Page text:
12. A method of enhancing the growth of plants by applying to the soil a homogeneous granular fertilizer composition comprising as components urea, N-(n-butyl) thiophosphoric triamide, and dicyandiamide, wherein said urea is present in an amount between about 90% and about 99% by weight, said N-(n-butyl) thiophosphoric triamide is present in an amount between about 0.02% and about 0.5% by weight, and said dicyandiamide is present in an amount of about 0.01% to about 1.2% by weight.
13. A method of enhancing the growth of plants as claimed in claim 12 wherein said urea is present in said composition in an amount between about 90% and about 99% by weight, said N-(n-butyl)thiophosphoric triamide is present in said composition in an amount between about 0.04% and about 0.4% by weight, and said dicyandiamide is present in said composition in an amount between about 0.05% and about 1.1% by weight.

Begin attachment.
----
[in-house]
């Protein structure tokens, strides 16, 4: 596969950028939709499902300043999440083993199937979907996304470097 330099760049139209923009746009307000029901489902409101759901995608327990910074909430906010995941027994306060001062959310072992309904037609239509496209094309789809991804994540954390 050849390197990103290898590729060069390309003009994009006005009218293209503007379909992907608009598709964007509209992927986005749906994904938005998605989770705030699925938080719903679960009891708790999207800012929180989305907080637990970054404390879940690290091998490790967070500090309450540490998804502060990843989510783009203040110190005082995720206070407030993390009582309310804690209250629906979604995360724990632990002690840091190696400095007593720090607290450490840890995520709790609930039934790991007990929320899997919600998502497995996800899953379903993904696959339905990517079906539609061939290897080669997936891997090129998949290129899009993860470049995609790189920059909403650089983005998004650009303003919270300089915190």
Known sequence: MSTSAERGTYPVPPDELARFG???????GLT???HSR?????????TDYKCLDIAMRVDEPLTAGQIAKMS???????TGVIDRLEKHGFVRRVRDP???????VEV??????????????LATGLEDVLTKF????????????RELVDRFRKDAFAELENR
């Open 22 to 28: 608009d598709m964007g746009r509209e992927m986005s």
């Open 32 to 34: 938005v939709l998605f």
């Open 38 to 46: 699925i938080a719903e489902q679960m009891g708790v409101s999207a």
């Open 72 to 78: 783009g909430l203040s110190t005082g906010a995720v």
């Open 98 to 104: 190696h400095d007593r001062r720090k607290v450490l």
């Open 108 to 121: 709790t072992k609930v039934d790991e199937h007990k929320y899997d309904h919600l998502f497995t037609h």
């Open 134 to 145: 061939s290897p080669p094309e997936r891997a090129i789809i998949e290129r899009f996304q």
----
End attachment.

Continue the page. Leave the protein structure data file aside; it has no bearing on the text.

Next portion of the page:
14. A method of enhancing the growth of plants as claimed in claim 12 wherein the weight ratio of said N-(n-butyl)thiophosphoric triamide to said dicyandiamide in said composition is above about 0.02.
15. A method of enhancing the growth of plants as claimed in claim 12 wherein the weight ratio of said N-(n-butyl)thiophosphoric triamide to said dicyandiamide in said composition is between about 0.02 and about 10.0.
16. A method of enhancing the growth of plants as claimed in claim 12 wherein the weight ratio of said N-(n-butyl)thiophosphoric triamide to said dicyandiamide in said composition is between about 0.04 and about 4.0.